Copyright lawsuit barred by failed patent lawsuit. MEDIA RIGHTS TECH v. MICROSOFT

Copyright lawsuit barred by failed patent lawsuit. MEDIA RIGHTS TECH v. MICROSOFT

A copyright is a set of exclusive rights granted to the creator of a new work of expression when it is fixed in a tangible medium. Copyright protects works like photographs, sculpture, literature and software.  Copyright law grants the owner of a copyright the exclusive right to reproduce, distribute, perform, display transmit or make derivative works based on the original.  If someone other than the copyright owner attempts to exercise one of these exclusive rights that can be considered copyright infringement.  A copyright owner can file a lawsuit to stop copyright infringement with an injunction and get monetary damages for copyright infringement which has occurred.

Copyright law does not exist in a vacuum.  In the United States, like most other jurisdictions, several different sections of law must be complied with when filing a lawsuit.  A plaintiff may have a meritorious cause of action and still fail to get a judgement in their favor, if the plaintiff does not properly plead their case.  Lawsuits filed in the United States are subject to several standards, some are codified and some are based on court precedent.

An example of a legal doctrine that exists in court precedent is preclusion. The related doctrines of claim and issue preclusion, by precluding parties from contesting matters that they have had a full and fair opportunity to litigate, protect against ‘the expense and vexation attending multiple lawsuits, conserve judicial resources, and foster reliance on judicial action by minimizing the possibility of inconsistent decisions.’ Taylor v. Sturgell, 553 U.S. 880, 892 (2008). Claim preclusion  bars a party in successive litigation from pursuing claims that were raised or could have been raised in a prior action.  It is immaterial whether the claims asserted subsequent to the judgment were actually pursued in the action that led to the judgment; rather, the relevant inquiry is whether they could have been brought.   Essentially, if the plaintiff brings a lawsuit which involves a defendant’s conduct and that case reaches a verdict, the plaintiff is barred from filing another lawsuit based on the same conduct.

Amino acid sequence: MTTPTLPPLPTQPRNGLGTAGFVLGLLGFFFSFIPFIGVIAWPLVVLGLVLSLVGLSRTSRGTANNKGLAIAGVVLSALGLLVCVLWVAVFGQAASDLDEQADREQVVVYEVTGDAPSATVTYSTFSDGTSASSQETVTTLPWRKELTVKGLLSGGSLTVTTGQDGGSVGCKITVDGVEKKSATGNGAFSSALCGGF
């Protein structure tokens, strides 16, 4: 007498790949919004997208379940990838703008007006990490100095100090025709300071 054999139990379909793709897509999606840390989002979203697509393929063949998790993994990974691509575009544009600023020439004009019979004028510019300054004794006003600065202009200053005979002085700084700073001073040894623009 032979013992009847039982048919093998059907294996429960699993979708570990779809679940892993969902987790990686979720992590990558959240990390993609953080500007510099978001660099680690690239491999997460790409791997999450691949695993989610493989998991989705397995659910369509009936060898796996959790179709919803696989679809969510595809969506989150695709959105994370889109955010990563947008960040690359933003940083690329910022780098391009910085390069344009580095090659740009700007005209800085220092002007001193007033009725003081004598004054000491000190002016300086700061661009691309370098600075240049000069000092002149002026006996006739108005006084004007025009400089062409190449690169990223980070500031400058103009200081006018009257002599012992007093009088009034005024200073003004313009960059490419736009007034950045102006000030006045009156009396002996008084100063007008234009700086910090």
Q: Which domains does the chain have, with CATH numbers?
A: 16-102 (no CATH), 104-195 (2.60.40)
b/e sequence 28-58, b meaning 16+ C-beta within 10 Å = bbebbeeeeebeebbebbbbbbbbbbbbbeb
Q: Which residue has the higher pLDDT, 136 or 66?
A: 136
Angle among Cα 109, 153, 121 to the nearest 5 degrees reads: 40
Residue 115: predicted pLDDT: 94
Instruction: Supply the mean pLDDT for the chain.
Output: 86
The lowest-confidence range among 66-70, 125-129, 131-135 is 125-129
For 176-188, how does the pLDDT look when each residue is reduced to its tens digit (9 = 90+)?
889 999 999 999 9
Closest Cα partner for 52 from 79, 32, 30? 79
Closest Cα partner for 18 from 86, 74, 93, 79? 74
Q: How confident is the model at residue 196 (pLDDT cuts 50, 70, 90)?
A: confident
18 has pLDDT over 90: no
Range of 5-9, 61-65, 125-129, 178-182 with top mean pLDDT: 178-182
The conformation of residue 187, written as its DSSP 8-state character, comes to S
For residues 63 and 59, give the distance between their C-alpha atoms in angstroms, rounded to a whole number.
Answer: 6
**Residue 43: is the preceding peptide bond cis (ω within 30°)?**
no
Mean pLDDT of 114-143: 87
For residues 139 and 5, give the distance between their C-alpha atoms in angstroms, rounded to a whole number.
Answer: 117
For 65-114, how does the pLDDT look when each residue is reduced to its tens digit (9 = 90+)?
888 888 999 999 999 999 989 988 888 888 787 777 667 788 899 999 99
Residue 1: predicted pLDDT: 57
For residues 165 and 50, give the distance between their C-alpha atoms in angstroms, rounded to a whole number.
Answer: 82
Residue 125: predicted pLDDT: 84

A case which illustrates how claim preclusion can frustrate the efforts of a plaintiff is MEDIA RIGHTS TECHNOLOGIES, INC., v. MICROSOFT CORP, 17-16509 (9th Cir. 2019).  The plaintiff in this case developed software which protects digital files from piracy.  The defendant contacted the plaintiff  and entered into a contract to license the software.  At some point the relationship broke down and the defendant started selling their own version of the software.  In 2013, the plaintiff brought a patent infringement suit against the defendant. The court in that case declared one of the patents at issue invalid, the plaintiff voluntarily dismissed that suit with prejudice.  When a suit is dismissed with prejudice it means that the plaintiff cannot file the same lawsuit again.

The plaintiff then filed a lawsuit against the defendant, asserting claims for copyright infringement, violation of the Digital Millennium Copyright Act, and breach of contract.  The district court found that the second lawsuit was barred based on claim preclusion.  The plaintiff had the opportunity to raise the subject of copyright infringement in the first lawsuit and failed to do so.  Because both cases involved the same conduct by the defendant, claim preclusion applied.  The plaintiff appealed the decision to the Court of Appeals for the Ninth Circuit.

The Ninth Circuit affirmed in part.  The Ninth Circuit held that claim preclusion barred the plaintiff from claiming copyright infringement based on the defendant’s actions before the 2013 lawsuit. However, the Ninth Circuit held that claim preclusion did not bar the plaintiff from asserting copyright infringement claims that accrued after the patent-infringement suit: namely, claims arising from the defendant’s sale of infringing software products which occurred after the patent infringement suit.

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